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Monday, March 21, 2011

Should I Wait Till Prices Rise Or Does Selling My House Now Make Sense?



Many people are of the impression that waiting for six months to a year will result in a more stable market and a higher property value. This may not be entirely true, depending on how much equity you are expecting on your property. Looking at past real estate trends, the average number of years homeowners must wait may be longer than you think. Here are a few things to think about when deciding the right time to sell your home.

Do You Have a Choice?

Often people don’t have a choice in the matter. So, the first thing you should do is to assess whether you are able to withstand either staying in your home or selling it right away. If you are facing a new job that would require relocation and maintaining two households is not practical, then it may be a good idea to sell your home now, regardless of the current value. On the other hand, if the reason you would like to sell is in your hands, such as retirement, then you may want to wait a few years till the value matures and the return on your investment is stronger than it is today.

History Helps Us Gauge The Future

To understand where we are headed, it’s important to understand the history. With respect to the real estate industry, the lending market has seen significant changes over the past ten years and this intense shift in trends has affected the housing market of today.

Specifically, a closer look at the market between 2001 and 2006 reveals that buyers were getting into homes with little to no money down, regardless of bad credit with some buyers actually falsely reporting the amount of money they earned per month. Still, these buyers were qualified for loans by most lenders and the end result was an influx of homeowners who couldn’t afford their homes.

In hindsight, that housing phenomenon, which is a thing of the past now, was a trend that redefined the housing market, as we know it today.

By early 2007 the national “mortgage meltdown” occurred. Lending institutions realized the loan programs and application parameters were way too lax, causing far more damage than they had anticipated. As a result of the loans that were being approved without much consideration of buyers’ qualifications, homes were over valued and sellers had no equity plus couldn’t afford payments. Further they were losing their properties and even today many people are suffering the mortgage meltdown because of those lending trends.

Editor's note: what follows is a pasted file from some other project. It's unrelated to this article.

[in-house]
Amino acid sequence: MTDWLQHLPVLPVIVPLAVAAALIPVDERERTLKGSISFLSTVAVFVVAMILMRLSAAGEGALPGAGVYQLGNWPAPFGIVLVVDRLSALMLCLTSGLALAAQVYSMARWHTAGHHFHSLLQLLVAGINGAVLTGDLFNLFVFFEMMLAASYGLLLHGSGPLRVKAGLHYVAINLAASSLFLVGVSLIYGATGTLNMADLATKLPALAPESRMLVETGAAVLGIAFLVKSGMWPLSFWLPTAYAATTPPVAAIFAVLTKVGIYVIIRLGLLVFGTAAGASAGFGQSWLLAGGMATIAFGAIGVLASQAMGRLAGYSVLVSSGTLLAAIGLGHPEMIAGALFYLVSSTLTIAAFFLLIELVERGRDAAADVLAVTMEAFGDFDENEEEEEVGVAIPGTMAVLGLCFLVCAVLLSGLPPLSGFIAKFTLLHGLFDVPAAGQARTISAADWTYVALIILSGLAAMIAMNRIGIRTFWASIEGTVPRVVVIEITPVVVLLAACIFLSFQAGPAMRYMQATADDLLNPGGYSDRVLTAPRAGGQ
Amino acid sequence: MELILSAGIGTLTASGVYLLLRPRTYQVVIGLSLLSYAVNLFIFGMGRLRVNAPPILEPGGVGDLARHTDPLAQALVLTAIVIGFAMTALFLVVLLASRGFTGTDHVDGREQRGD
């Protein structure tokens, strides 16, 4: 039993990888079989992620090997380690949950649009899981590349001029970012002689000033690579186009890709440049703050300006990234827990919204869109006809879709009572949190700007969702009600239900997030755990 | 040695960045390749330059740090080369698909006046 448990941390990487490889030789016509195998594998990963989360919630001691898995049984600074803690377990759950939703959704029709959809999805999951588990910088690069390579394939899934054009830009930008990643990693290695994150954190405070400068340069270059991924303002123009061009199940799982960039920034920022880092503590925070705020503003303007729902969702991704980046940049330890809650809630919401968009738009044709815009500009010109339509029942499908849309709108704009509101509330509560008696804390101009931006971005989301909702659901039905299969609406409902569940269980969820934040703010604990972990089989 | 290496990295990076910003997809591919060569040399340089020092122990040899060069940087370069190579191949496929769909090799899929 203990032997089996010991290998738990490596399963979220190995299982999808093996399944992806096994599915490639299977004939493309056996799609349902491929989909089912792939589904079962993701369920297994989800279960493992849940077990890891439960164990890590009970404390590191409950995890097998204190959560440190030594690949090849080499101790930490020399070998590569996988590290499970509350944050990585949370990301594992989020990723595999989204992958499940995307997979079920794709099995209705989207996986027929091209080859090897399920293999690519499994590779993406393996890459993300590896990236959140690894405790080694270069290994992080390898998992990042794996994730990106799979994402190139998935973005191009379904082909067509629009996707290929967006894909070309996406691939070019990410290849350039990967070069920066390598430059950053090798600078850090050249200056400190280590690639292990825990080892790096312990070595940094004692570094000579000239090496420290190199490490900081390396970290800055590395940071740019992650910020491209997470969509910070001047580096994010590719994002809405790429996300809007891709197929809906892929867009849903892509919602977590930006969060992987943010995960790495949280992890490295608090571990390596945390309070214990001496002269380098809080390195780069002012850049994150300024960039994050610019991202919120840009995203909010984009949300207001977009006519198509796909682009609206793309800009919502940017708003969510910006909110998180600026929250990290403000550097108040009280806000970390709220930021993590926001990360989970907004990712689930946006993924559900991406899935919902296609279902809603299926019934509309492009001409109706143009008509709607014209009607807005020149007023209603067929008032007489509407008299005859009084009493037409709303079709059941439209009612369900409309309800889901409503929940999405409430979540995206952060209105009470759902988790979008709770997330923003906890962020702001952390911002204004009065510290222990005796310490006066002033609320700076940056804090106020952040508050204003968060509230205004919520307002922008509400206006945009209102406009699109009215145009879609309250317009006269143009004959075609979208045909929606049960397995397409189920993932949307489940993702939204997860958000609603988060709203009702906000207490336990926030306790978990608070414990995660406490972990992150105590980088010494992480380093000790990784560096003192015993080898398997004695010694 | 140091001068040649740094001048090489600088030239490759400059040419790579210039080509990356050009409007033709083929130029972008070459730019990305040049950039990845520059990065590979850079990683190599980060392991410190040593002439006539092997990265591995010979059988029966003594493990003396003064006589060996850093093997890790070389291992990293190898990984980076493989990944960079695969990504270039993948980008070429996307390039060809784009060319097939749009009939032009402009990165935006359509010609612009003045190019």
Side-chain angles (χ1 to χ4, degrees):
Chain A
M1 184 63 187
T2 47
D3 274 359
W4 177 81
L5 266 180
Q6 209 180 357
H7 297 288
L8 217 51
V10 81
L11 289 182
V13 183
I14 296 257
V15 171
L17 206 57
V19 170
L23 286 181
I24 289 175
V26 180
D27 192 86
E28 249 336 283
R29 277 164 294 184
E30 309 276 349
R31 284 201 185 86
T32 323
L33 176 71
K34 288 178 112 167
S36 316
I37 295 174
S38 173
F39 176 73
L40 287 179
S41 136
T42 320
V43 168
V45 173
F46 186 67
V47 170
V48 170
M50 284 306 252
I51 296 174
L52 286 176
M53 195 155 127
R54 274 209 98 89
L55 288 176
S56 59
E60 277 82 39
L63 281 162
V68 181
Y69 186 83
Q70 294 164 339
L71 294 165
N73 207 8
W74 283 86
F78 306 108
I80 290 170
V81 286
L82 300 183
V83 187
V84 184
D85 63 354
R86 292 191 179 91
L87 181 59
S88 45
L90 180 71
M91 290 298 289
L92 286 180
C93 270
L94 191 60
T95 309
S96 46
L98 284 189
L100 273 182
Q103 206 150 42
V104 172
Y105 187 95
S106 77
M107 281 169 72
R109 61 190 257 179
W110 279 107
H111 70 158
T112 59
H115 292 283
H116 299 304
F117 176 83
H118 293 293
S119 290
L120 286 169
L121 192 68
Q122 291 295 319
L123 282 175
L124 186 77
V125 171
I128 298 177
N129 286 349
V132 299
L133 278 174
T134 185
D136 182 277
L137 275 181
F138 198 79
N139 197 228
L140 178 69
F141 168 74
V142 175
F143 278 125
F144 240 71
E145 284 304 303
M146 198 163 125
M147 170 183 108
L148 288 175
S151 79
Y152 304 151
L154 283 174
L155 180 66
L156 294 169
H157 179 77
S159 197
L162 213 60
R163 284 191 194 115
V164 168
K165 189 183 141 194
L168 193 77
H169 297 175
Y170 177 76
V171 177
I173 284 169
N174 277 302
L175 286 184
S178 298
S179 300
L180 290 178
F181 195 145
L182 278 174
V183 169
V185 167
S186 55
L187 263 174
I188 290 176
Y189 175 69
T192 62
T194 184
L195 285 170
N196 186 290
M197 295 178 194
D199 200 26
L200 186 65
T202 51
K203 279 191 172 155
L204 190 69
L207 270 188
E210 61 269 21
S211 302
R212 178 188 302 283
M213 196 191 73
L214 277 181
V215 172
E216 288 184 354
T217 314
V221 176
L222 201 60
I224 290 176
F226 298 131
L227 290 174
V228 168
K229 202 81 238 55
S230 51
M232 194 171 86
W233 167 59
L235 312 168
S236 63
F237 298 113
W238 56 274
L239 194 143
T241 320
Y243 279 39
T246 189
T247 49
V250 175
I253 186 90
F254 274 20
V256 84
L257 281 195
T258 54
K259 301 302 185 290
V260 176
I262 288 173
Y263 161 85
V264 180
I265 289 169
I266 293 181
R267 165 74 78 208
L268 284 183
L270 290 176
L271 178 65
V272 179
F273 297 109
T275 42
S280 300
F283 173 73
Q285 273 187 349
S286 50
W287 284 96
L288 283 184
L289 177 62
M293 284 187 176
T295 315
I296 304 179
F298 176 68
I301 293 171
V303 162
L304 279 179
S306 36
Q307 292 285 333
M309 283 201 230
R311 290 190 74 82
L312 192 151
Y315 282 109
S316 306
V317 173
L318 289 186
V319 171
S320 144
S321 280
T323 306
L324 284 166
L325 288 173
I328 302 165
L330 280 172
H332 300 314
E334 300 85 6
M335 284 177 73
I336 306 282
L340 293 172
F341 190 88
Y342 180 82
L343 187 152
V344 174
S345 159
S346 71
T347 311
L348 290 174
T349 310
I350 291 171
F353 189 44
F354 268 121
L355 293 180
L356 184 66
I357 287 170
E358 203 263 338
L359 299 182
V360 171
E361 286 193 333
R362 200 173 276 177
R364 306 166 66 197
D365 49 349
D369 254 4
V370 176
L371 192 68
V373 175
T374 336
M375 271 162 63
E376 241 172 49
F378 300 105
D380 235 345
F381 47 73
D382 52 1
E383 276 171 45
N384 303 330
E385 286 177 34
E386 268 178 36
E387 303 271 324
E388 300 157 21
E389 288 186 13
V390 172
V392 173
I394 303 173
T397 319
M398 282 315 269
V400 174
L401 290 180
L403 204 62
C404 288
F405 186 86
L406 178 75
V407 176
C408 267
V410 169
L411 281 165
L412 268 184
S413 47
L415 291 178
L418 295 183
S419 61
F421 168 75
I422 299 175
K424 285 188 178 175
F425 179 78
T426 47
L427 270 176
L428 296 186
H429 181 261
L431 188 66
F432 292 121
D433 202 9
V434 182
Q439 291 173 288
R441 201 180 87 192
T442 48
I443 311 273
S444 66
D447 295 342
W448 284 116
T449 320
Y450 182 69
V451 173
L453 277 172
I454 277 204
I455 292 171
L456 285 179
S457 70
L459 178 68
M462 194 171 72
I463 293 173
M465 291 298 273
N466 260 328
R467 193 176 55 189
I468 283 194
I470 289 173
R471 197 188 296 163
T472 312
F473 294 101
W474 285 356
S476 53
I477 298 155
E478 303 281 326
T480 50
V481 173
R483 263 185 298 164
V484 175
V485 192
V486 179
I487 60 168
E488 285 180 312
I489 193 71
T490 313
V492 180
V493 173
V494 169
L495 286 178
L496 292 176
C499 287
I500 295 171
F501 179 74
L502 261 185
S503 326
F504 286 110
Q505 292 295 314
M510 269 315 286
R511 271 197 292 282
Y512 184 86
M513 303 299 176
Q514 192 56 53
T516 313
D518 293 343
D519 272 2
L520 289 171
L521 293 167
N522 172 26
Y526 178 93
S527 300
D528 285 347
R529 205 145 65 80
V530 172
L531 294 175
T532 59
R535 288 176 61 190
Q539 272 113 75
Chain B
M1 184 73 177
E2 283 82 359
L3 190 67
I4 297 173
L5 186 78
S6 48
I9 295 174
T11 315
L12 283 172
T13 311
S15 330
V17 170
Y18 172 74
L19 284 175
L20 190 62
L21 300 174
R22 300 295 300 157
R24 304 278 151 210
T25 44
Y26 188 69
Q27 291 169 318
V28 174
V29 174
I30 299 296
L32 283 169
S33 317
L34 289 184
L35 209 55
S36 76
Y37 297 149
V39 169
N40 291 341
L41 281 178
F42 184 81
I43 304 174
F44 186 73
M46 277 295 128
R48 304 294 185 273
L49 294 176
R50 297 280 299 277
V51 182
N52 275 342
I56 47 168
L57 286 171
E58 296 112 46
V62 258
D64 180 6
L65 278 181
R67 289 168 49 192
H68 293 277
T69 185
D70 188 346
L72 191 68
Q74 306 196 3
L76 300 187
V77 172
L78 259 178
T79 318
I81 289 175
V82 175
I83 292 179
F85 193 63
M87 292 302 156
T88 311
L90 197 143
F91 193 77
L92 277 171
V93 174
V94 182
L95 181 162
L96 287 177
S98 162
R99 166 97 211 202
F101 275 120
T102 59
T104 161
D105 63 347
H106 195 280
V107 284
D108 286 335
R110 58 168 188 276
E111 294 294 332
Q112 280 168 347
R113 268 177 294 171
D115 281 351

Looking At The Here And Now

Lending institutions today process “full documentation” loans, something that is far different from the overly lenient loans of the previous decade. The level of detail and depth that goes into researching applicants’ qualifications now, is much higher than before. Lenders now perform detailed background checks, making sure that your salary is what you say it is, checking tax returns and references and also carefully reviewing your credit history. Very importantly, buyers that are getting into homes through loans obtained from lending institutions are people who can actually afford the home. This never mattered before.

Keeping this very important fact in mind, it makes sense then that the only way for prices to go back up is for buyers to have a higher income. Based on this, many homeowners’ expectations that their property will miraculously gain 20% to 30% of value on the market within the next year or so are unrealistic. Unless they suddenly experience a significant jump in income, the chance that their properties will gain that much value is next to impossible. The average annual income increase these days is around three to five percent.

Once our market is completely at the bottom in terms of prices, we can expect home prices to rise to somewhere in the 3-5% range, which is about the same as the average salary increase.

What Does This Mean Exactly?

The best way to illustrate how this plays out in terms of property value versus time needed to increase the value, is through this example:

With a property valued currently at about $450k, the homeowners are looking to retrieve at least $600k on it when they sell, the value of the home when they purchased it during the housing market boom. Their misconception is that the home’s value will return to its original purchase price value, within a year or so.

Given that property value increases coincide with the job market and wages earned, based on a 5% appreciation per year – on the $450k property it would take about six years for it to reach the hopeful $600k value again. So, to get to that price, the homeowners would have to hold on to the property until 2017 before they sell. Not a mere six months to a year.
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Prior to making any decisions about whether to sell now or later – it makes sound financial sense to begin looking at your options today. Consult with your real estate agent to ascertain where you stand in the market today, how your home’s value compares to your expectations of when you sell it and when would be the best time for you to sell.